Tim Cook: iPad and MacBook Air Convergence Won't be Happening Soon
Apple’s CEO, Tim Cook, doesn’t see success in Microsoft’s strategy to have Windows 8 power everything from notebooks to tablets to devices that converge the two concepts together. Cook even went as far as comparing the convergence of the two to a refrigerator with toaster functions on the side. The whole idea was deemed as poorly conceived by Cook when asked about the possible convergence of the iPad and MacBook Air products into a single device that combines the portability and utility of each by Richard Gardner of Citigroup.
Gardner asked the Cook to “comment on why he doesn’t believe the PC and the Ultrabook and tablet markets will converge” to which Cook responded “Anything can be forced to converge, but the problem is that the products are about tradeoffs. You begin to make tradeoffs to the point where what you have left at the end of the day doesn’t please anyone.” He even went as far as comparing it to the aforementioned “you can converge a toaster and a refrigerator, but you know, those things are probably not going to be pleasing to the user.”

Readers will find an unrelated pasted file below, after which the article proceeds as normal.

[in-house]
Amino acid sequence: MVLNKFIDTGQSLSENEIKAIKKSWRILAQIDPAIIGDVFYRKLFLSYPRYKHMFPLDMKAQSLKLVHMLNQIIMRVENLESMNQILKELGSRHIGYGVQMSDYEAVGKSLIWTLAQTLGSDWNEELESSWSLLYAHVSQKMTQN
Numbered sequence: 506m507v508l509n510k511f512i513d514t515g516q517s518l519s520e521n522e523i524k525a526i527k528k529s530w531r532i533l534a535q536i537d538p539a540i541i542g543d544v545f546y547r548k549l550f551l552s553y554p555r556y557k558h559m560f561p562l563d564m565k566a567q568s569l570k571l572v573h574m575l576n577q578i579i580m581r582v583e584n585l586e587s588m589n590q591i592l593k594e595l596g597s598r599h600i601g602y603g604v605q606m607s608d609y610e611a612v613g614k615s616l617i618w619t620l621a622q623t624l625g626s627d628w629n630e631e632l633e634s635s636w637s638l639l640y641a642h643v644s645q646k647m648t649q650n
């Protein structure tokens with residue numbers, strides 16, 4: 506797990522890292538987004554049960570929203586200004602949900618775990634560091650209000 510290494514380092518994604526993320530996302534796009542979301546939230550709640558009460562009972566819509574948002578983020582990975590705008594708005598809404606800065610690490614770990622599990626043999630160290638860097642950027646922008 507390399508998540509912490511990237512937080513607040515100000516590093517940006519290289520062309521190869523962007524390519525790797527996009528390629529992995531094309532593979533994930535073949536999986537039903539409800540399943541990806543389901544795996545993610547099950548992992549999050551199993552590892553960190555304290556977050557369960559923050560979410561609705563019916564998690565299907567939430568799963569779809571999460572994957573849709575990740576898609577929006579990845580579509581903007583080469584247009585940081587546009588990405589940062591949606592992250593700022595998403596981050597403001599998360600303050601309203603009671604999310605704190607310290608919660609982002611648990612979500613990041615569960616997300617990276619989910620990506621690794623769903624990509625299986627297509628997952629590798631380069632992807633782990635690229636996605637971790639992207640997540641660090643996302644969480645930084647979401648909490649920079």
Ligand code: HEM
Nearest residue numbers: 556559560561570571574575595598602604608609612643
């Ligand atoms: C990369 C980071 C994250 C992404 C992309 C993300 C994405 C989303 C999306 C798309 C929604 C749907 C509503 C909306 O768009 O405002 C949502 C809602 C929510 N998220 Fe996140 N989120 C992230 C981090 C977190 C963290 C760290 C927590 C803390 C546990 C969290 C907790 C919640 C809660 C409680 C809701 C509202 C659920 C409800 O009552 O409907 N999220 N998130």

Apple’s intent to create distinct products with both the iOS platform and the OS X platform have been clearly evident since the original iPad was launched in early 2010. It was noted that both platforms have freely borrowed functionality from each other from Messages to Reminders to Game Center and the Notifications Center (which is planned for the upcoming OS X Mountain Lion) but the form factor of tablets and notebooks aren’t destined to merge anytime in the near future due to how the two categories of products are actually used.
Cook stated that “the iPad has taken off, not only in consumer [markets] in a meaningful way, but in education and in enterprise, and it’s sort of everywhere you look now.” He noted that as the ecosystem gets better and the company continues to make great products, the limit is nowhere in sight.
While Cook noted that the two platforms have freely borrowed functionality from each other from Messages to Reminders to Game Center and the Notifications Center planned for the upcoming OS X Mountain Lion, he said the form factor of tablets and notebooks aren't destined to merge anytime soon, due to how the two categories of products are actually used.
After touching upon the universal appeal of the iPad, Cook discussed a tremendous potential for conventional system such as the MacBook Air saying that “you wouldn’t want to put these things together because you end up compromising in both and note pleasing either user. Some people will prefer to own both, and that’s great too. But to make the compromise of convergence, we’re not going to that party.”